The New Stockman?

Jonathan Chait looked a little more closely than I did at Jonathan Martin’s Politico piece this morning on Paul Ryan’s recent loss of cool-kid status, and found something interesting that I missed. Martin reports Ryan’s supporters as fretting over his “green eyeshade” reputation, and Chait quite accurately reports that this label is one strongly deplored by anyone coming up in the Jack Kemp/supply-side faction like Ryan did.

But this very reputation, of course, is what made Ryan a Very Serious Person in the eyes of deficit hawks and Beltway pundits generally, and greatly facilitated his rise up the greasy pole of congressional Republican politics. So if he now wants to do something other than chairing the Budget Committee (say, run for president), he will have to undertake what Chait calls an “un-rebranding:”

Martin’s piece does a nice job of capturing Ryan’s political dilemma. Ryan not only rebranded himself, he rebranded himself too well. The tea-party debt-hysteria message now strikes some Republican honchos as a loser. They want a more “optimistic” message.

So now Ryan has to, essentially, un-re-brand himself. His supporters plead that he is not “merely” a green eyeshade Republican. Stripped of the euphemism, they’re saying, Paul Ryan isn’t merely an advocate of fiscal responsibility, he is also … the exact opposite of one.

If Chait’s right, Ryan has fallen into the same trap as his predecessor as a celebrity conservative budget maven, David Stockman, who was a rabid supply-sider before becoming Ronald Reagan’s budget director and getting deficit fever. When it became apparent to Stockman that his fellow conservatives wanted promiscuous tax cuts without having the guts to insist on the spending cuts needed to pay for them, he raised alarms, and before long was Mr. Nobody in Republican politics.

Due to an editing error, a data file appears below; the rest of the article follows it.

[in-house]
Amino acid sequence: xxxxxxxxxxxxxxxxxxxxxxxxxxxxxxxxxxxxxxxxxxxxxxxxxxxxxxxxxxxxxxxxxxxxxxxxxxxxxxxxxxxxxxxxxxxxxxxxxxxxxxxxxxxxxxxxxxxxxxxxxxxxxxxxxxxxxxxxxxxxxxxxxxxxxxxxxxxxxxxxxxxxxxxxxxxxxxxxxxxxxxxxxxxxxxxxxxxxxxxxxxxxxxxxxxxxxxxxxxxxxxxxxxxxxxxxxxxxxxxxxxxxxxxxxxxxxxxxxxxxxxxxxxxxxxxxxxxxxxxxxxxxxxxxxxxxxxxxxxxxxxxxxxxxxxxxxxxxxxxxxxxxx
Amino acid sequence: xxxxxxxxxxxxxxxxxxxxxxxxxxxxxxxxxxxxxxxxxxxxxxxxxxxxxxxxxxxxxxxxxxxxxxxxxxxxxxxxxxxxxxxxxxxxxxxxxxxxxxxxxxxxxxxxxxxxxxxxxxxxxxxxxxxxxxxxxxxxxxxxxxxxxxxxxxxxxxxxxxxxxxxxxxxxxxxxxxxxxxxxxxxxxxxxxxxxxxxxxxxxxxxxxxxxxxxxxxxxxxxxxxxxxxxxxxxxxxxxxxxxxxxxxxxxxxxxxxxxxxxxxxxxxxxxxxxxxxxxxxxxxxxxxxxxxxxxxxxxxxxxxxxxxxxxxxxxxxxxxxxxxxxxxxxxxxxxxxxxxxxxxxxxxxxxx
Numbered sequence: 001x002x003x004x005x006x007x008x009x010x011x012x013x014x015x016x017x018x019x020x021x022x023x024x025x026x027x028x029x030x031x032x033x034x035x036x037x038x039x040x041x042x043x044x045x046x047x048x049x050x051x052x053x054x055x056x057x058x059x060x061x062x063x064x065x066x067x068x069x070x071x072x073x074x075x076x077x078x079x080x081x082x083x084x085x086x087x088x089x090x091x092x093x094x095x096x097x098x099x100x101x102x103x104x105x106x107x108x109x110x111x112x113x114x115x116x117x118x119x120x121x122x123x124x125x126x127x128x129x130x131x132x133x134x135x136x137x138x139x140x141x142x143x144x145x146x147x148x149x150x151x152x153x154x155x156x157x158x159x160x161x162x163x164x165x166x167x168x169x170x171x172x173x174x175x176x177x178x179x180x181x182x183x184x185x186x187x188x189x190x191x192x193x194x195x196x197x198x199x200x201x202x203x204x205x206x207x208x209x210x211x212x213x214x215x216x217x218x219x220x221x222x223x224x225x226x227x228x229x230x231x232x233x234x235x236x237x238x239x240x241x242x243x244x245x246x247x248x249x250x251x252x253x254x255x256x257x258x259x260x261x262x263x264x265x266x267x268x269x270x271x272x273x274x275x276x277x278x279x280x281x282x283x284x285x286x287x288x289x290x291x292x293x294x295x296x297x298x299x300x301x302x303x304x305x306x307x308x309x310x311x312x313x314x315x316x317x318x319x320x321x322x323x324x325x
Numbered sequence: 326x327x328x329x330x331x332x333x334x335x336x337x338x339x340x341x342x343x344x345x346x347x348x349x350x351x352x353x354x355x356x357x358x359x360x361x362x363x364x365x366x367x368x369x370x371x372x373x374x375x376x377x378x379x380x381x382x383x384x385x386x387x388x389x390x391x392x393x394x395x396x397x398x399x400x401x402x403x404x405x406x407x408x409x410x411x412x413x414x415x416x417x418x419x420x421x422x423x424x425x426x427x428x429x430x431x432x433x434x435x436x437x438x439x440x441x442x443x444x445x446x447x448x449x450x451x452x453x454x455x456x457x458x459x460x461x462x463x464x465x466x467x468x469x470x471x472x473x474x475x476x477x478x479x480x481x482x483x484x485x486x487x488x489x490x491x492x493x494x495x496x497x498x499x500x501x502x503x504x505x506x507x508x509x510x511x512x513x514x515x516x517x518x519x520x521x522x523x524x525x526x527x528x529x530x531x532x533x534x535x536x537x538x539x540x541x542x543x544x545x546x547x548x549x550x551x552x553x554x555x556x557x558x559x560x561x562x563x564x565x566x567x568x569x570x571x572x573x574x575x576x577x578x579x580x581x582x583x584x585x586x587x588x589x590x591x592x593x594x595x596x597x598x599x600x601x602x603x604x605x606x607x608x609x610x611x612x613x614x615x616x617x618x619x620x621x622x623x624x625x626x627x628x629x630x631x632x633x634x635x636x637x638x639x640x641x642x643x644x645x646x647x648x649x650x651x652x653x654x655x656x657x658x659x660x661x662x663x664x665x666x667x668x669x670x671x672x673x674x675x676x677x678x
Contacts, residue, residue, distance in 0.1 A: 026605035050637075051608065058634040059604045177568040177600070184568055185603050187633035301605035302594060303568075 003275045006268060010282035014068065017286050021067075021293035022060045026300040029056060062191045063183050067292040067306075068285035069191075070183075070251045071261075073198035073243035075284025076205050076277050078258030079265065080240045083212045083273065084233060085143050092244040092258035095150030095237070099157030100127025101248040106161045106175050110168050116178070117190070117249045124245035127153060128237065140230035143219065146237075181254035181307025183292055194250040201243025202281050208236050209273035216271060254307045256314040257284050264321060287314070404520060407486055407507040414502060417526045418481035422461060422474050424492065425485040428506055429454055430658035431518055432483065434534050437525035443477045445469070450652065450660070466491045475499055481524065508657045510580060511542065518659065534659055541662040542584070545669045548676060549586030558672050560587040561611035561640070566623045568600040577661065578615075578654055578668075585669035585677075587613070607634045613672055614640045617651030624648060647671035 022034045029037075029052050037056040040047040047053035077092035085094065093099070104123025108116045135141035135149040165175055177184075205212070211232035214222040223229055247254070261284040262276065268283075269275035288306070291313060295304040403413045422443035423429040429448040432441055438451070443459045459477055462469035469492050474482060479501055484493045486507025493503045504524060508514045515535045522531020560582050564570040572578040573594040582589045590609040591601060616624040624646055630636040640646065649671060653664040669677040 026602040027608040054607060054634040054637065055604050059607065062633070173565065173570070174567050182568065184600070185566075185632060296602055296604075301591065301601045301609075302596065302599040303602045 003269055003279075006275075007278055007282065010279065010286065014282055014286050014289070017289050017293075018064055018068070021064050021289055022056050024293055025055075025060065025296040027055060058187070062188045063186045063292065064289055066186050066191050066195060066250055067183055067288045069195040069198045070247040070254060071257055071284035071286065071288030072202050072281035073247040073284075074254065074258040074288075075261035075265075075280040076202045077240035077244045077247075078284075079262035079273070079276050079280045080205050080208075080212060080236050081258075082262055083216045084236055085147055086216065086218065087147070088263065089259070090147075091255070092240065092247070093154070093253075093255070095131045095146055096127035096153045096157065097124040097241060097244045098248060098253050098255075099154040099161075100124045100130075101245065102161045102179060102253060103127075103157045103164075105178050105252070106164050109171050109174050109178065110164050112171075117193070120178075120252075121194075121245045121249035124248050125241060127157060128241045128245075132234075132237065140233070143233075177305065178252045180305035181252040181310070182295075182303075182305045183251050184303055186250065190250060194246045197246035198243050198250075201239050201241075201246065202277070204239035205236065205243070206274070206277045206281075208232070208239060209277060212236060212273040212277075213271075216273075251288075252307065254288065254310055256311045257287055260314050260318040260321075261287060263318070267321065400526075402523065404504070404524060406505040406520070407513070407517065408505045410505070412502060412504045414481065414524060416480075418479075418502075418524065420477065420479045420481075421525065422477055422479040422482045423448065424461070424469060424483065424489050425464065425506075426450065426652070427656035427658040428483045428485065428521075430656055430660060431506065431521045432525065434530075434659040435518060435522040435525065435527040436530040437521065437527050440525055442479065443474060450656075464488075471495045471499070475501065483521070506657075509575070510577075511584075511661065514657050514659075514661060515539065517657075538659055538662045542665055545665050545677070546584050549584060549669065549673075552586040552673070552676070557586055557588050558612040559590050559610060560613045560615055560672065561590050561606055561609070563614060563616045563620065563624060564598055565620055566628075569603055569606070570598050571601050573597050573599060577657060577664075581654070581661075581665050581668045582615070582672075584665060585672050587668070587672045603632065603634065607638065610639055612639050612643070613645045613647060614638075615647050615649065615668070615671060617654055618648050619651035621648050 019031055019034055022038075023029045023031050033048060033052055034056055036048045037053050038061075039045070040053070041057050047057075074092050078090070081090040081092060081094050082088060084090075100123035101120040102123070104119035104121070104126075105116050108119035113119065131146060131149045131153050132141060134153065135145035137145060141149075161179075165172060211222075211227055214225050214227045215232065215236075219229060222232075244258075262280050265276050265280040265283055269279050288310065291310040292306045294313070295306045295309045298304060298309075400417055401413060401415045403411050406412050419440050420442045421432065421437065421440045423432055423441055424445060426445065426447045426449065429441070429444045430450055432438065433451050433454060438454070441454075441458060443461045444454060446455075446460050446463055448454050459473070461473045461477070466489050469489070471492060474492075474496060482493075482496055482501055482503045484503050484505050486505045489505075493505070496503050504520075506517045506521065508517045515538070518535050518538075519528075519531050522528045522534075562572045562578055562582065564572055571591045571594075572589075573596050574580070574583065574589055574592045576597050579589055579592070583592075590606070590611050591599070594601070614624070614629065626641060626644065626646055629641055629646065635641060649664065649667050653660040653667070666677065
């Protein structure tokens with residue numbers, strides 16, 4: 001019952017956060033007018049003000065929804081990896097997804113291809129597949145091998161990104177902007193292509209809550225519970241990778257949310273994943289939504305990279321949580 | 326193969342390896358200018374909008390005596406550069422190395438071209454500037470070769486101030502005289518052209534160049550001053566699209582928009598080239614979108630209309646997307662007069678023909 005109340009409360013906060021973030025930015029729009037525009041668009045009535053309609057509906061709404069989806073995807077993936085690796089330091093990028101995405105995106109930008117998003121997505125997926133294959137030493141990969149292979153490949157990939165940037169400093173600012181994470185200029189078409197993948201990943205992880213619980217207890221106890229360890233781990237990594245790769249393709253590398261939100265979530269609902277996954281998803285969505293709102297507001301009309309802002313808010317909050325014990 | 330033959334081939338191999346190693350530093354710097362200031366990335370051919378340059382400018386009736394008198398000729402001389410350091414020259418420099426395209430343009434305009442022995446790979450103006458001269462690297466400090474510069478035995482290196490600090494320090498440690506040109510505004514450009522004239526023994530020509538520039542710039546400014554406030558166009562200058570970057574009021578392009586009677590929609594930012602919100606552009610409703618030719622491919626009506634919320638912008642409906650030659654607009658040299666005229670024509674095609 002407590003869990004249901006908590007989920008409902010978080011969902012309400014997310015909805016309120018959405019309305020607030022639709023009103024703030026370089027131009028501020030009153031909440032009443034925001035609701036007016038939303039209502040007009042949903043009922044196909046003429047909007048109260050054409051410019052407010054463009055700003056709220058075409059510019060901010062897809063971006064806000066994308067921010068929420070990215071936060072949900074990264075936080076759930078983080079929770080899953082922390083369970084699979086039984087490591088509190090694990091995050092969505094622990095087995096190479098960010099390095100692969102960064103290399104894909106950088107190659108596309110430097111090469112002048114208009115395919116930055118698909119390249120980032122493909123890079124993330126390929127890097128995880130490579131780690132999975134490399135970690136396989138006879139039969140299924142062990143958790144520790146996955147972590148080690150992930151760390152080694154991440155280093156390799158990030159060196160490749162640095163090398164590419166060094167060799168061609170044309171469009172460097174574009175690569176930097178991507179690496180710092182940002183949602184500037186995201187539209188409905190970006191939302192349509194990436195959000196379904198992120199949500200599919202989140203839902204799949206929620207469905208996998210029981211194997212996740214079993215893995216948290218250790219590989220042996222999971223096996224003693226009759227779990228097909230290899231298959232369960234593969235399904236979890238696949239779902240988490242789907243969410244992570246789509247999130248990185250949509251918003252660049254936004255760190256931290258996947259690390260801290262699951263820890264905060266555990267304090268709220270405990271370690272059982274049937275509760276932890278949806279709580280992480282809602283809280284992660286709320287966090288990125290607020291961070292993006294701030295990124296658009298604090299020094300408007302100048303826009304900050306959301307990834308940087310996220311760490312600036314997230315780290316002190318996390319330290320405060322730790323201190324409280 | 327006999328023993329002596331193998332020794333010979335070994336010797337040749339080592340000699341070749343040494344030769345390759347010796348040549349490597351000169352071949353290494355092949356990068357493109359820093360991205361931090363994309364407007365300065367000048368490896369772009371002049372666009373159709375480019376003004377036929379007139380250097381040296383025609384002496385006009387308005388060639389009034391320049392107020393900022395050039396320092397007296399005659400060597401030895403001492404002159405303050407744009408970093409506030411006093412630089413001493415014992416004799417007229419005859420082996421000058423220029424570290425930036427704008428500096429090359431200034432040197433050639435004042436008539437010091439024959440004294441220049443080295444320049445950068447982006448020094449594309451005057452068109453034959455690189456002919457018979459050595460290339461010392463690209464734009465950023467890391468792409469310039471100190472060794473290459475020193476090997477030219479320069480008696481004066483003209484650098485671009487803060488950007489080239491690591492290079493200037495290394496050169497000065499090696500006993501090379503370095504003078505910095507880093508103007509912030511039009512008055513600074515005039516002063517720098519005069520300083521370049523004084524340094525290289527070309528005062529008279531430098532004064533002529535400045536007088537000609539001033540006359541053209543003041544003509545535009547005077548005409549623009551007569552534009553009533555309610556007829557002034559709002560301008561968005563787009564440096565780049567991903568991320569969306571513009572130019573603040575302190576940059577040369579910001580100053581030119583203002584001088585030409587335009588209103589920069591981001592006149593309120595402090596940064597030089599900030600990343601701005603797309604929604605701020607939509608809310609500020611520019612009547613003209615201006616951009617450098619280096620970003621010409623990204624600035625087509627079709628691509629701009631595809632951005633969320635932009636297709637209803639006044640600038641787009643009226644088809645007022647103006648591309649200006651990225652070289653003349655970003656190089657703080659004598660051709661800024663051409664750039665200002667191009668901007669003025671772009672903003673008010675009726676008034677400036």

It’s not clear that Ryan or his fans have figured a way out of the trap that snared Stockman, but now as then, it’s a trap the entire conservative movement and the Republican Party keep setting for themselves.

Support Nonprofit Journalism

If you enjoyed this article, consider making a donation to help us produce more like it. The Washington Monthly was founded in 1969 to tell the stories of how government really works—and how to make it work better. Fifty years later, the need for incisive analysis and new, progressive policy ideas is clearer than ever. As a nonprofit, we rely on support from readers like you.

Yes, I’ll make a donation

Ed Kilgore

Ed Kilgore, a Monthly contributing editor, is a columnist for the Daily Intelligencer, New York magazine’s politics blog, and the managing editor for the Democratic Strategist.